Date

I just swapped ISP's here in HK. For me that means my new ISP must pull in new fiber for there GPON service. This also comes with a new GPON converter.

In this case I was given a Acatel-Lucent I-020-G. This unit comes with one fiber SC type connector and two gigabit Ethernet ports. I always like to know whats inside something or how it works. So I went and found the manual for the device and started reading though all 7MB of it,

I notice that the default IP range for the device is 192,168.1.x/24. The manual also says the default user name is "root" and the default password is "admin", clearly this device runs Linux and I want in.

Next up I grab a network cable connect the GPON ONT to my laptop, set my laptops IP address to say 192.168.1.14/24 and run nmap at the device. Hello hello, something replies and look what is open :

# nmap 192.168.1.251

Starting Nmap 6.47 ( http://nmap.org ) at 2015-07-21 10:38 HKT
mass_dns: warning: Unable to determine any DNS servers. Reverse DNS is disabled. Try using --system-dns or specify valid servers with --dns-servers
Nmap scan report for 192.168.1.251
Host is up (0.00040s latency).
Not shown: 997 closed ports
PORT   STATE    SERVICE
22/tcp open     ssh
23/tcp filtered telnet
80/tcp open     http
MAC Address: xx:xx:xx:xx:xx:xx (Cambridge Industries(Group) Co.)

Nmap done: 1 IP address (1 host up) scanned in 35.06 seconds
# 

Both http and ssh seem open. Lets try ssh into the device. As expected the ISP has not changed the default passwords. User names and passwords were found in the devices manual, IE the factory defaults. I can log into the web page of the device, however its not very interesting

Logged in as root: ONT web interface

I think by looking at the file system later on there are different "views" the device can serve up, but no idea how that that is set.

So off to try ssh, lets see what happens. Yep, the default user name gets me into a shell. Not sure what we can do, since I don't have a CLI manual.

ONT>
ONT> help
ONT>

OK, thats not very helpful. Lets be creative

ONT> enable
#ONT>
#ONT help
  Description: CLI Root
    +traffic             Service CLI menu    
    +system              System CLI menu   

Help menu's now work, and we have access to the devices status and configuration options.

Enable mode, gee I wonder where they got that idea from. Under system I see lots of interesting things.

Lets first take a look into the "env" menu. If you want to dump the devices current configuration, and passwords in plain text run the following command.

#ONT/system/env>show cur

Very useful. Exit the "env" area by typing "exit"

Oh look what comes next a "shell" menu.

Lets enter the "shell" menu, by typing "shell" at the "#ONT/system/" level.

#ONT/system/shell>uname -a
Linux (none) 2.6.21.7-cig-64 #14 Tue Jun 7 14:16:20 CST 2011 mips unknown

Yeah, it runs Linux cool!

The "#ONT" prompt is somewhat annoying to use. Let see if busybox is around..

#ONT/system/shell>busybox
BusyBox v1.9.2 (2010-09-20 15:25:16 CST) multi-call binary
Copyright (C) 1998-2007 Erik Andersen, Rob Landley, Denys Vlasenko
and others. Licensed under GPLv2.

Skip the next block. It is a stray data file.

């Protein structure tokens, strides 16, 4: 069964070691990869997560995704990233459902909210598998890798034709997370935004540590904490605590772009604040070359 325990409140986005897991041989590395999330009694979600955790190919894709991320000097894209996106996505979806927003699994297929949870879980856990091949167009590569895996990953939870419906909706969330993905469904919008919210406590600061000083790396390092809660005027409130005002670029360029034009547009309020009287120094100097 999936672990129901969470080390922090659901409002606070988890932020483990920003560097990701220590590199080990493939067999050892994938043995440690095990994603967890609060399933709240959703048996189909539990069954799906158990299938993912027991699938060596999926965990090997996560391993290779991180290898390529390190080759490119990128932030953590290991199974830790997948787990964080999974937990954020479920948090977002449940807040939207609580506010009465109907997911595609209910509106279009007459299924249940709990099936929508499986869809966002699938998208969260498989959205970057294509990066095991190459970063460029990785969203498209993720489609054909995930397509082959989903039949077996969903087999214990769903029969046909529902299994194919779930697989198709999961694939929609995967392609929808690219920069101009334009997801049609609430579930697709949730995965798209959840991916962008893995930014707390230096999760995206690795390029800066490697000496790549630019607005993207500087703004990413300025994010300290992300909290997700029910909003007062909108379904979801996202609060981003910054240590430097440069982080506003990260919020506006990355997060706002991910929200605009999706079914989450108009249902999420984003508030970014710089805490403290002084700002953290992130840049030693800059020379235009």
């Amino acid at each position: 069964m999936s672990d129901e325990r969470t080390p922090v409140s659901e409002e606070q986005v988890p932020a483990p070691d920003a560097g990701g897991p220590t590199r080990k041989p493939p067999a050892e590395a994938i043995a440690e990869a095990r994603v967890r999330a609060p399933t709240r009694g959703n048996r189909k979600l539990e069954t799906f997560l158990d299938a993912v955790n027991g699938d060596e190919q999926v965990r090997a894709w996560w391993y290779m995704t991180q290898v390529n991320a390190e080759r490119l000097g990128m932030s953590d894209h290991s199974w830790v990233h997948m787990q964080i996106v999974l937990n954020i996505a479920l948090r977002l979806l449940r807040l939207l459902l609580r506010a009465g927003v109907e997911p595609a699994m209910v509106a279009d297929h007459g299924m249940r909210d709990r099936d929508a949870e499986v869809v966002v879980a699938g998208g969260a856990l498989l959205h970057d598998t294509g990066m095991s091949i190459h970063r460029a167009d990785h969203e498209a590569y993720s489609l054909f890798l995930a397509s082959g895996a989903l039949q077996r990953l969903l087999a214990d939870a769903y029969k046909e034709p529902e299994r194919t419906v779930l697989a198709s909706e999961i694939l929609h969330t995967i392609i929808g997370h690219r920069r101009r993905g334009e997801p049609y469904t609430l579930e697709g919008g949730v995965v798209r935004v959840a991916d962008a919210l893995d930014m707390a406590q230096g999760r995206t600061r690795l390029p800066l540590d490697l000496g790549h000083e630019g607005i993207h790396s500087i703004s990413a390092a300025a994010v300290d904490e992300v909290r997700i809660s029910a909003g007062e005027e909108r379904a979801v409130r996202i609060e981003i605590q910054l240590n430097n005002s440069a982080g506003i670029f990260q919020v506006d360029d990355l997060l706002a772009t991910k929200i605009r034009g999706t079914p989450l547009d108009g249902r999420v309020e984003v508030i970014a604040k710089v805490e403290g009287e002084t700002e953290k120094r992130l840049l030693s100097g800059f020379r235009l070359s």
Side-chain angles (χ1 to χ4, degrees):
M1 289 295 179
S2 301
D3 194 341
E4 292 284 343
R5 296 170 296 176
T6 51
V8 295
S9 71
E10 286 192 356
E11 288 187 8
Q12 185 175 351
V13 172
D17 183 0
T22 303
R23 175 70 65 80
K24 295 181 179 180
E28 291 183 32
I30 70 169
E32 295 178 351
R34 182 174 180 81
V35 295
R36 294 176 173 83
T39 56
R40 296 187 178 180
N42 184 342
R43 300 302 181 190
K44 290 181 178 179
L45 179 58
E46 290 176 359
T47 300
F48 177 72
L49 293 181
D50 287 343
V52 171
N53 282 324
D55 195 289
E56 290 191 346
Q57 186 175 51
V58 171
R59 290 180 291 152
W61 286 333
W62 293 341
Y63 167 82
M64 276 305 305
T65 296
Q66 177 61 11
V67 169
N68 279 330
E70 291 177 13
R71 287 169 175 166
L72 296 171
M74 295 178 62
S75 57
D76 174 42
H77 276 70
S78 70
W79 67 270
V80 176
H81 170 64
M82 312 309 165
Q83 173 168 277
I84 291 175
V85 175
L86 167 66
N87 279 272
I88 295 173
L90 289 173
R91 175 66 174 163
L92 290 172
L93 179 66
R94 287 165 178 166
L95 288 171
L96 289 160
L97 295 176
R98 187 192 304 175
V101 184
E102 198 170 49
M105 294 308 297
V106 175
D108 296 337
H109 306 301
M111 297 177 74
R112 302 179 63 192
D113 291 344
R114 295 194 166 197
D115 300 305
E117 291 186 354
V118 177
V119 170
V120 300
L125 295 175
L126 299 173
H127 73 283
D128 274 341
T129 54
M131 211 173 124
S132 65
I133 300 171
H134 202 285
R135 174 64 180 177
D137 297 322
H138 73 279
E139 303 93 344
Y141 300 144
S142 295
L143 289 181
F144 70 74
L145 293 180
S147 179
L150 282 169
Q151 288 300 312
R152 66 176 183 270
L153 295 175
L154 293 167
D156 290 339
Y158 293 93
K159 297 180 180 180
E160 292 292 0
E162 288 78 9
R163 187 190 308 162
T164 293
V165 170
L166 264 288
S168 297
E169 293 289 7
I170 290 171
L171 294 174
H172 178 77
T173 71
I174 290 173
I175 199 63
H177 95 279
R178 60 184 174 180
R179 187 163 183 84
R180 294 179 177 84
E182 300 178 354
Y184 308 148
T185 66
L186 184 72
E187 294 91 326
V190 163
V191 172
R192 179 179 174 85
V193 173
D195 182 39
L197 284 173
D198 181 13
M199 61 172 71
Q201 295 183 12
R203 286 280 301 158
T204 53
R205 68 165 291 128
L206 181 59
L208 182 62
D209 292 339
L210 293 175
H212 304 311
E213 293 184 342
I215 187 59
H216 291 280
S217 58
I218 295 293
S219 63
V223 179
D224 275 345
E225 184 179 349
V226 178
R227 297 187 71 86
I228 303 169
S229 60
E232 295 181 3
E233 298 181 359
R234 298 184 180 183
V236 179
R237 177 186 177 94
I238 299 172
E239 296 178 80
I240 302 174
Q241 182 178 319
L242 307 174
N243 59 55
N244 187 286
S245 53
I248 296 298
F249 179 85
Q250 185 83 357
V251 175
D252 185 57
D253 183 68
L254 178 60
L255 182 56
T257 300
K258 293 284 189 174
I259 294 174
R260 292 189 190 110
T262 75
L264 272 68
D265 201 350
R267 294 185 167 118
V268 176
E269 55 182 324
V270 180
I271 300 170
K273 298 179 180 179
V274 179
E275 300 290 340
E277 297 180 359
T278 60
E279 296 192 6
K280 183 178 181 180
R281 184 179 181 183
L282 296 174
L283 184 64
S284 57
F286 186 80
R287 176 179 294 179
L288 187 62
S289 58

See source distribution for full notice.

Usage: busybox [function] [arguments]...
   or: function [arguments]...

    BusyBox is a multi-call binary that combines many common Unix
    utilities into a single executable.  Most people will create a
    link to busybox for each function they wish to use and BusyBox
    will act like whatever it was invoked as!

Currently defined functions:
    [, [[, arp, ash, basename, bunzip2, bzcat, bzip2, cal,
    cat, catv, chgrp, chmod, chown, cksum, comm, cp, cut,
    date, dd, df, dirname, dmesg, dos2unix, du, echo, egrep,
    env, expand, expr, false, fgrep, fold, free, ftpget, ftpput,
    grep, gunzip, gzip, halt, head, hostid, hostname, id,
    ifconfig, inetd, init, insmod, install, ip, ipaddr, ipcs,
    iplink, iproute, iprule, iptunnel, kill, killall, length,
    linuxrc, ln, logname, logread, ls, lsmod, md5sum, mkdir,
    mkfifo, mknod, mktemp, modprobe, mount, mountpoint, mv,
    netstat, nice, nohup, od, pidof, ping, poweroff, printenv,
    printf, ps, pwd, readlink, realpath, reboot, rm, rmdir,
    rmmod, route, seq, sh, sha1sum, sleep, split, stat, stty,
    sum, sync, sysctl, syslogd, tail, tar, tee, telnet, test,
    top, touch, tr, true, tty, udhcpc, umount, uname, unexpand,
    uniq, unix2dos, usleep, uudecode, uuencode, vconfig, vi,
    wget, zcat

Bingo, we have a busybox shell, as you can see however its quite old and quite stripped down. This still won't get you out of the "#ONT" shell.

To get a real shell run :

#ONT/system/shell>sh

BusyBox v1.9.2 (2010-09-20 15:25:16 CST) built-in shell (ash)
Enter 'help' for a list of built-in commands.

# 

Lets take a look at the /etc/passwd file.

root:$1$$lIN11JVA8dIRivYzVSCAM1:0:0:root:/root:/bin/sh
ont:$1$0W32Tx87$1q2giRDPvyGZUYMn7YFqC/:500:500:Linux User,,,:/tmp/home/ont:/bin/sh
daemon:*:1:1:daemon:/usr/sbin:/bin/sh
bin:*:2:2:bin:/bin:/bin/sh
sys:*:3:3:sys:/dev:/bin/sh
sync:*:4:65534:sync:/bin:/bin/sync
games:*:5:60:games:/usr/games:/bin/sh
man:*:6:12:man:/var/cache/man:/bin/sh
lp:*:7:7:lp:/var/spool/lpd:/bin/sh
mail:*:8:8:mail:/var/mail:/bin/sh
news:*:9:9:news:/var/spool/news:/bin/sh
uucp:*:10:10:uucp:/var/spool/uucp:/bin/sh
proxy:*:13:13:proxy:/bin:/bin/sh
postgres:*:31:32:postgres:/var/lib/postgres:/bin/sh
www-data:*:33:33:www-data:/var/www:/bin/sh
backup:*:34:34:backup:/var/backups:/bin/sh
operator:*:37:37:Operator:/var:/bin/sh
list:*:38:38:Mailing List Manager:/var/list:/bin/sh
irc:*:39:39:ircd:/var/run/ircd:/bin/sh
gnats:*:41:41:Gnats Bug-Reporting System (admin):/var/lib/gnats:/bin/sh
nobody:*:65534:65534:nobody:/nonexistent:/bin/sh
sshd:*:101:65534::/var/run/sshd:/bin/false
telnetd:!:102:102::/nonexistent:/bin/false```

OK so from reading the manual we know he "ont" user has a password of "ont" wow, much surprise. The ont user is pretty limited lets ignore it. Hang on a moment look at the root account, why is the shell "/bin/sh" but when we SSH in as root we get shunted to the "ONT" prompt.. Something does not add up.